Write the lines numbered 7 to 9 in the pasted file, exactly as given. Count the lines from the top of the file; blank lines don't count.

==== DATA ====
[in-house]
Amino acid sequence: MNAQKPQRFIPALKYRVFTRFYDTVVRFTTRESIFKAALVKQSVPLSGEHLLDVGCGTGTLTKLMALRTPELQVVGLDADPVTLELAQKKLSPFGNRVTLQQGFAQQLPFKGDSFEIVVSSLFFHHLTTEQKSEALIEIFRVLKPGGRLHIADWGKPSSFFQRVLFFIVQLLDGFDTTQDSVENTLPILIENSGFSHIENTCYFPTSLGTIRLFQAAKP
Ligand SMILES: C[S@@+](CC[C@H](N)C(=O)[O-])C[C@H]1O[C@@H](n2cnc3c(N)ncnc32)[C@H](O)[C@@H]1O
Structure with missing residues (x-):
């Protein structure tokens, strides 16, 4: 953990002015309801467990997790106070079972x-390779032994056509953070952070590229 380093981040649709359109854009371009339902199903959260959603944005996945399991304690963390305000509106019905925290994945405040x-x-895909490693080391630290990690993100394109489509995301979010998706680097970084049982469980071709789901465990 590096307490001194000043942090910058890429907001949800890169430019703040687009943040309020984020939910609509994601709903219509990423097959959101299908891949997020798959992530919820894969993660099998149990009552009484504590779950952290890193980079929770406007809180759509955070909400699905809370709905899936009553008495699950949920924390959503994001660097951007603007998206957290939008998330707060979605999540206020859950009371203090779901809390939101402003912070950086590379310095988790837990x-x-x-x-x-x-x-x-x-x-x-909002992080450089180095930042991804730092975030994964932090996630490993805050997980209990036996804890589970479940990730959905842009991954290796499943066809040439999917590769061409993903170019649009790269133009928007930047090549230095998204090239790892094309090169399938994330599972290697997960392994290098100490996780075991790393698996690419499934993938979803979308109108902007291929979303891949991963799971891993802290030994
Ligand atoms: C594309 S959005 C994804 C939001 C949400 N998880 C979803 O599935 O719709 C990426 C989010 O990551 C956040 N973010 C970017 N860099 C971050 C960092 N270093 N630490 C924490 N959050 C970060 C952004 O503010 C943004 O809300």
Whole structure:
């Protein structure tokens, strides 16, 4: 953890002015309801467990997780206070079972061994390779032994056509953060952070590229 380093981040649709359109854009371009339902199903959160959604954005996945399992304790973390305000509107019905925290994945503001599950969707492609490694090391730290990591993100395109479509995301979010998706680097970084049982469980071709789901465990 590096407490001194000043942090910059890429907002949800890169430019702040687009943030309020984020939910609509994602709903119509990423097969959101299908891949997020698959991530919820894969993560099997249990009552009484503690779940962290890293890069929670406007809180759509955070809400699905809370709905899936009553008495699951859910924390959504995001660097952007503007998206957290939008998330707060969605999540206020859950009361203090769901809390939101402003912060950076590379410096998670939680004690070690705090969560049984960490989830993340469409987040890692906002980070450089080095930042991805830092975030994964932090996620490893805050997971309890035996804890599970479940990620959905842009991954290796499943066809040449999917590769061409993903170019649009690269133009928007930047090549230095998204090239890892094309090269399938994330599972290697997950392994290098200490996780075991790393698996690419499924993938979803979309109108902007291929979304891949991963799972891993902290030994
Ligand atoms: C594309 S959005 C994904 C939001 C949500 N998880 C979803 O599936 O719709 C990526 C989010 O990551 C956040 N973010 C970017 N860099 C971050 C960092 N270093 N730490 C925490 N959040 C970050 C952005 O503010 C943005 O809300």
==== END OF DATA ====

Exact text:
Whole structure:
């Protein structure tokens, strides 16, 4: 953890002015309801467990997780206070079972061994390779032994056509953060952070590229 380093981040649709359109854009371009339902199903959160959604954005996945399992304790973390305000509107019905925290994945503001599950969707492609490694090391730290990591993100395109479509995301979010998706680097970084049982469980071709789901465990 590096407490001194000043942090910059890429907002949800890169430019702040687009943030309020984020939910609509994602709903119509990423097969959101299908891949997020698959991530919820894969993560099997249990009552009484503690779940962290890293890069929670406007809180759509955070809400699905809370709905899936009553008495699951859910924390959504995001660097952007503007998206957290939008998330707060969605999540206020859950009361203090769901809390939101402003912060950076590379410096998670939680004690070690705090969560049984960490989830993340469409987040890692906002980070450089080095930042991805830092975030994964932090996620490893805050997971309890035996804890599970479940990620959905842009991954290796499943066809040449999917590769061409993903170019649009690269133009928007930047090549230095998204090239890892094309090269399938994330599972290697997950392994290098200490996780075991790393698996690419499924993938979803979309109108902007291929979304891949991963799972891993902290030994
Ligand atoms: C594309 S959005 C994904 C939001 C949500 N998880 C979803 O599936 O719709 C990526 C989010 O990551 C956040 N973010 C970017 N860099 C971050 C960092 N270093 N730490 C925490 N959040 C970050 C952005 O503010 C943005 O809300």